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Tyler Green Opening Gallery Reception and Artist Talk

Join us for the gallery reception for Tyler Green, Carbon, Element photography exhibit.


This event has already happened.
Jun 14, 2024
12:00 PM - 02:00 PM


Open Space Visitor Center
6500 Coors Blvd NW
Albuqueruqe, NM 87120


Tyler W. Green (b. 1985) is an American photographer whose work concerns the relationship between humans and the natural world. His photographs depict the tension between human activity and its impact on the environment. This tension is woven throughout his work, challenging the perspective that humans are separate from nature. Working within urban environments and preserved wilderness areas his photographs examine the precarious balance of ecosystems amongst society's reliance on natural resources. Through direct intervention within the landscape, using artificial light and other materials, his photographs represent human activity and question the inherent value of wild places. Together, his works challenge the dominance of humans over nature and foster a perspective that we are connected to the health of our environment.

CARBON / ELEMENT explores the connection between human-caused global warming and increased wildfire intensity. Beginning with the industrial revolution, fossil fuel emissions have increased the amount of carbon dioxide in the Earth’s atmosphere by over 50%, reaching a new annual high every year since 1995. This increase in carbon dioxide has warmed the planet by creating a greenhouse effect that traps heat within the atmosphere. One of the key indicators of a warming planet is drought. Over the past two decades, three quarters of New Mexico counties have experienced moderate to exceptional drought, leading to water emergencies, widespread crop and pasture losses and a devastating wildfire season that burned nearly 860 thousand acres across the state.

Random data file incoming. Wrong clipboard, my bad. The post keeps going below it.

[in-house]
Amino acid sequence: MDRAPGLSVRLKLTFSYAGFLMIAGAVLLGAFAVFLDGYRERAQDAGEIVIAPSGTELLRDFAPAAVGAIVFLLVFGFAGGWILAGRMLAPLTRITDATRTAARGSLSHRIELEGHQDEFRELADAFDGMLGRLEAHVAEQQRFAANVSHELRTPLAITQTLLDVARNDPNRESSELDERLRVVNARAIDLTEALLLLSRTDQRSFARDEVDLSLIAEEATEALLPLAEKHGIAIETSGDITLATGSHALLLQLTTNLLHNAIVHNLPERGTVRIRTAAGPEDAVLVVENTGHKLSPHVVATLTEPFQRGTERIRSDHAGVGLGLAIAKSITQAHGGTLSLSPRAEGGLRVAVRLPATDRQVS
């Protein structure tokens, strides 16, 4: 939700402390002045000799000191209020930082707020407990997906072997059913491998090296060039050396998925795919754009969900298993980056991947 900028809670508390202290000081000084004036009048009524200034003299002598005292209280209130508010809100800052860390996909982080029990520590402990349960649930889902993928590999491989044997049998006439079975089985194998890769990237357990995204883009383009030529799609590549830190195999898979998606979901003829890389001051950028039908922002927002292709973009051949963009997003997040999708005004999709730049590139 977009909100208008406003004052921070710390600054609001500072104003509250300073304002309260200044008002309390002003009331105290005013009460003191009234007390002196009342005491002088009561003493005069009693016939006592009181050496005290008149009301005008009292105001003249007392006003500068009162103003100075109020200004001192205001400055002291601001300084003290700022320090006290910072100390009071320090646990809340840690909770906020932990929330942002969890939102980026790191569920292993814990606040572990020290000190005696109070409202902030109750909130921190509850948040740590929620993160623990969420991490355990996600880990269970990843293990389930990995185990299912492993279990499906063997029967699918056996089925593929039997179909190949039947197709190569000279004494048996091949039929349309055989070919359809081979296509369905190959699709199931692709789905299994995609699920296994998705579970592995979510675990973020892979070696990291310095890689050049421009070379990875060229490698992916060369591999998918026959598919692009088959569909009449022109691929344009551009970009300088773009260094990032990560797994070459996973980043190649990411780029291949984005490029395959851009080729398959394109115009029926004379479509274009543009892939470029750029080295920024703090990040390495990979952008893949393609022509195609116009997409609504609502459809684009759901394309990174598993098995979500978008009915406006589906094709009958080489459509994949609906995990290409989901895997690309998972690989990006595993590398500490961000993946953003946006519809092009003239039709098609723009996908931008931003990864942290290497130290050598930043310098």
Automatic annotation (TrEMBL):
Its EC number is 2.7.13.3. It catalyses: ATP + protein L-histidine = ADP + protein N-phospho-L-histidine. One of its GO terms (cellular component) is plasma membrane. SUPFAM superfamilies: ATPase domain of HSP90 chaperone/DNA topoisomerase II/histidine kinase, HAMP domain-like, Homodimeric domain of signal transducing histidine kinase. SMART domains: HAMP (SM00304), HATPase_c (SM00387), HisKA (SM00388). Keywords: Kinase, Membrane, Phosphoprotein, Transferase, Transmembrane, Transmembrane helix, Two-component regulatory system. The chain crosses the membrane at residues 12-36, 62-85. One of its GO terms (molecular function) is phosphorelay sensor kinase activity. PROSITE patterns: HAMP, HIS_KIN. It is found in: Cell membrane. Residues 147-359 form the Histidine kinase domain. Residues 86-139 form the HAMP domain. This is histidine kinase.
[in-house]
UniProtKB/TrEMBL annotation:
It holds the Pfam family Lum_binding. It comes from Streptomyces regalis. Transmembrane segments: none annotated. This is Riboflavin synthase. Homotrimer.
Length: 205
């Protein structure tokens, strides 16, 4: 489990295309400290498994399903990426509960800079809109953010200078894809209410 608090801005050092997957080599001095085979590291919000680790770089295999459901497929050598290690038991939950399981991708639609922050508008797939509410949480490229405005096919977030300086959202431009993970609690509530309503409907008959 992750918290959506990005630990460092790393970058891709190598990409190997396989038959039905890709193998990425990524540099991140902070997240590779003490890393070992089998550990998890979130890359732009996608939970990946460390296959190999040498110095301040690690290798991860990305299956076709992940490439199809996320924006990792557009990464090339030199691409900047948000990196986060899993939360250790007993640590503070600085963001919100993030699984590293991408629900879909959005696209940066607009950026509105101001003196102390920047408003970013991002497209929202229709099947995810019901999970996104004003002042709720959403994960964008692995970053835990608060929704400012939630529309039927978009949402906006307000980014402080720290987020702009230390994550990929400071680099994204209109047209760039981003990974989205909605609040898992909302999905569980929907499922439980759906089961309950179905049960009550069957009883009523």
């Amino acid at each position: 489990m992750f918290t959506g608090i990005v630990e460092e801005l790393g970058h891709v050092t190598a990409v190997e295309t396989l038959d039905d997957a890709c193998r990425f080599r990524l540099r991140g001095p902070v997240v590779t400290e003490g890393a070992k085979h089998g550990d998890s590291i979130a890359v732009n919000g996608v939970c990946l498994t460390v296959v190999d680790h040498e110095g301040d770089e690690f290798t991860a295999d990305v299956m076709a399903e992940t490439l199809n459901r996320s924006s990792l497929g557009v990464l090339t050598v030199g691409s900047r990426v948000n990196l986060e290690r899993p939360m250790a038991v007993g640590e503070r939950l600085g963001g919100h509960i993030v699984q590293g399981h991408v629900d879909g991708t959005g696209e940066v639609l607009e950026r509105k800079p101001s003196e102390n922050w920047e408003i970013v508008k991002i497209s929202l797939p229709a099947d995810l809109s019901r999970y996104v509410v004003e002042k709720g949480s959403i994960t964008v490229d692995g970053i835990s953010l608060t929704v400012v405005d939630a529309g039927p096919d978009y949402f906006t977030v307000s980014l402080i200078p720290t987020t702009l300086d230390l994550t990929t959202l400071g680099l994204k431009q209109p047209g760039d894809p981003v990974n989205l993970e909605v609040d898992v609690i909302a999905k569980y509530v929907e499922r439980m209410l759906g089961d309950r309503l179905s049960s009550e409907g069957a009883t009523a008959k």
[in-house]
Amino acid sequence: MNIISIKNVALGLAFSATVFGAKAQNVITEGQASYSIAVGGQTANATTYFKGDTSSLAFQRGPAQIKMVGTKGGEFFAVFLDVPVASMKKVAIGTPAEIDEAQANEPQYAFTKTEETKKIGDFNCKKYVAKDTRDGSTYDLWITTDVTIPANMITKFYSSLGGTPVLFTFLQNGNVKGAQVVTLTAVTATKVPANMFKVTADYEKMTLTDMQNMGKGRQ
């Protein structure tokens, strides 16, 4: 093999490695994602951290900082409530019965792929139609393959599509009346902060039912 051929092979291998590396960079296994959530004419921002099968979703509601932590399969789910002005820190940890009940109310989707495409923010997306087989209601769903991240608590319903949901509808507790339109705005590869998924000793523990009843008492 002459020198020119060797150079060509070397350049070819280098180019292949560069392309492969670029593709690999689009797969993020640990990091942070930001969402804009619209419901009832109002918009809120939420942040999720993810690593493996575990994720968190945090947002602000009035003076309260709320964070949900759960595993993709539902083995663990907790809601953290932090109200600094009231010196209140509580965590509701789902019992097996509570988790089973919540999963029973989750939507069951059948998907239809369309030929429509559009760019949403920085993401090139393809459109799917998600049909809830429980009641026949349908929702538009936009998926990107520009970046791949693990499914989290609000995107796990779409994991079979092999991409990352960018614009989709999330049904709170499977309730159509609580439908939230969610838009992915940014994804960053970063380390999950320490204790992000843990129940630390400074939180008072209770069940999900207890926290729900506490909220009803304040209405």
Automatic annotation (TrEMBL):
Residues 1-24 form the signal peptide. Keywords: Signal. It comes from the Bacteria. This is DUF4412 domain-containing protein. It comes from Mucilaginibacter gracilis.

Photographs of areas impacted by the Hermit Peak / Calf Canyon, Cerro Pelado and Black fires of 2022 depict a charred landscape where blackened trunks stand along barren hillsides. Holes are sunken into the earth where tree roots were incinerated and the bones of animals are found blackened and brittle. Photographs of smoke from the 2023 Pass fire show darkened skies while other images show flames climbing the trunks of trees. Handprints painted on burnt trunks allude to the human influence on the increasingly destructive nature of these fires. While images of salvage logging portray the continued impact of human activity across the landscape. Together, these photographs express the destructive forces of wildfires that have become more intense in part by human-caused global warming.

The connection between human activity and growing wildfire intensity is further expressed through the photographic prints. Using the intaglio printmaking process, the photographs are printed using carbon-based ink. This ink is created from a raw pigment refined from charcoal collected from each location where the images were made. By incorporating carbon into the printed artwork, a physical connection is formed between the photograph and the subject. This connection acts as an element of continuity between the print, the fires and the warming climate which accentuates the relationship between our collective actions and the welfare of our environment.


Tyler Green Opening Gallery Reception and Artist Talk

A photo of a fire that happened in New Mexico.


Dionne Epps
Dial 311 (505-768-2000)